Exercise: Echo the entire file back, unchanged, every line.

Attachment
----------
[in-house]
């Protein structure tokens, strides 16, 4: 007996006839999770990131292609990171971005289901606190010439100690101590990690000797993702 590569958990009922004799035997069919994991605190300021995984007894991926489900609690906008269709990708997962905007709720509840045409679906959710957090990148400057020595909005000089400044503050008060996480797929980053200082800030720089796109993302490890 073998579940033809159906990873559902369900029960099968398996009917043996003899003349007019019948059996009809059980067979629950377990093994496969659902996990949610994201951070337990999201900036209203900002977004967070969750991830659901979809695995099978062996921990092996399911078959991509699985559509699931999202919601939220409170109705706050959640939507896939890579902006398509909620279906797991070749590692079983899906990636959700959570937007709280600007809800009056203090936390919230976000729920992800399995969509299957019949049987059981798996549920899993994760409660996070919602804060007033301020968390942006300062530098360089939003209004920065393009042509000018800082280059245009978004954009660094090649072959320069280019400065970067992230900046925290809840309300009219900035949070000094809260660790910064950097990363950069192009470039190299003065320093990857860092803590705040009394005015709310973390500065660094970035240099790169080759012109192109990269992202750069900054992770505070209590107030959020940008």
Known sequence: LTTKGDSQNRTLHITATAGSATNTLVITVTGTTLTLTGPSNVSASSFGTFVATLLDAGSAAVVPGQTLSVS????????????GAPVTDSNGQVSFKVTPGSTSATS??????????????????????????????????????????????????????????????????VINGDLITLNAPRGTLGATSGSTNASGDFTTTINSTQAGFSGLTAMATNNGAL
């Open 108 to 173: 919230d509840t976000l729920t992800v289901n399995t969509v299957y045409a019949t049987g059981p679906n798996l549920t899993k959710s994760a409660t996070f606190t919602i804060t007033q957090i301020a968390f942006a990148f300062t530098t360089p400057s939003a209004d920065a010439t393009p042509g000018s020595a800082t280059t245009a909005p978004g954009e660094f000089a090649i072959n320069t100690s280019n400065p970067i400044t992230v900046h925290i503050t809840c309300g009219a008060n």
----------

[in-house]
């Protein structure tokens, strides 16, 4: 007996006839999770990131292609990171971005289901606190010439100690101590990690000797993702 590569958990009922004799035997069919994991605190300021995984007894991926489900609690906008269709990708997962905007709720509840045409679906959710957090990148400057020595909005000089400044503050008060996480797929980053200082800030720089796109993302490890 073998579940033809159906990873559902369900029960099968398996009917043996003899003349007019019948059996009809059980067979629950377990093994496969659902996990949610994201951070337990999201900036209203900002977004967070969750991830659901979809695995099978062996921990092996399911078959991509699985559509699931999202919601939220409170109705706050959640939507896939890579902006398509909620279906797991070749590692079983899906990636959700959570937007709280600007809800009056203090936390919230976000729920992800399995969509299957019949049987059981798996549920899993994760409660996070919602804060007033301020968390942006300062530098360089939003209004920065393009042509000018800082280059245009978004954009660094090649072959320069280019400065970067992230900046925290809840309300009219900035949070000094809260660790910064950097990363950069192009470039190299003065320093990857860092803590705040009394005015709310973390500065660094970035240099790169080759012109192109990269992202750069900054992770505070209590107030959020940008």
Known sequence: LTTKGDSQNRTLHITATAGSATNTLVITVTGTTLTLTGPSNVSASSFGTFVATLLDAGSAAVVPGQTLSVS????????????GAPVTDSNGQVSFKVTPGSTSATS??????????????????????????????????????????????????????????????????VINGDLITLNAPRGTLGATSGSTNASGDFTTTINSTQAGFSGLTAMATNNGAL
């Open 108 to 173: 919230d509840t976000l729920t992800v289901n399995t969509v299957y045409a019949t049987g059981p679906n798996l549920t899993k959710s994760a409660t996070f606190t919602i804060t007033q957090i301020a968390f942006a990148f300062t530098t360089p400057s939003a209004d920065a010439t393009p042509g000018s020595a800082t280059t245009a909005p978004g954009e660094f000089a090649i072959n320069t100690s280019n400065p970067i400044t992230v900046h925290i503050t809840c309300g009219a008060n």